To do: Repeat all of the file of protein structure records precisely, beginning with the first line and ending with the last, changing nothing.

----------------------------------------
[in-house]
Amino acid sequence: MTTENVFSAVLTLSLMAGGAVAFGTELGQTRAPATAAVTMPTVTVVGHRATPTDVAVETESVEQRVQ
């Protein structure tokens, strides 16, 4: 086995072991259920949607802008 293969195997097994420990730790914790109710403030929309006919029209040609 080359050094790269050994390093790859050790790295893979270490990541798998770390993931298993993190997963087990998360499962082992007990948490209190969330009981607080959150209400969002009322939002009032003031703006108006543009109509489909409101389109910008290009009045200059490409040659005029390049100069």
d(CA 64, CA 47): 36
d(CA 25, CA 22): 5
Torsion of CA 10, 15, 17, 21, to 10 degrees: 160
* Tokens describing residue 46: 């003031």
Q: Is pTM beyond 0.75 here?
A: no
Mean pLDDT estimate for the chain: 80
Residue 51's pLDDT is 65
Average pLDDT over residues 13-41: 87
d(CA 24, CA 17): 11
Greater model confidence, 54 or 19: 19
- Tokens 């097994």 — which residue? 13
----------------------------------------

[in-house]
Amino acid sequence: MTTENVFSAVLTLSLMAGGAVAFGTELGQTRAPATAAVTMPTVTVVGHRATPTDVAVETESVEQRVQ
């Protein structure tokens, strides 16, 4: 086995072991259920949607802008 293969195997097994420990730790914790109710403030929309006919029209040609 080359050094790269050994390093790859050790790295893979270490990541798998770390993931298993993190997963087990998360499962082992007990948490209190969330009981607080959150209400969002009322939002009032003031703006108006543009109509489909409101389109910008290009009045200059490409040659005029390049100069």
d(CA 64, CA 47): 36
d(CA 25, CA 22): 5
Torsion of CA 10, 15, 17, 21, to 10 degrees: 160
* Tokens describing residue 46: 């003031």
Q: Is pTM beyond 0.75 here?
A: no
Mean pLDDT estimate for the chain: 80
Residue 51's pLDDT is 65
Average pLDDT over residues 13-41: 87
d(CA 24, CA 17): 11
Greater model confidence, 54 or 19: 19
- Tokens 């097994």 — which residue? 13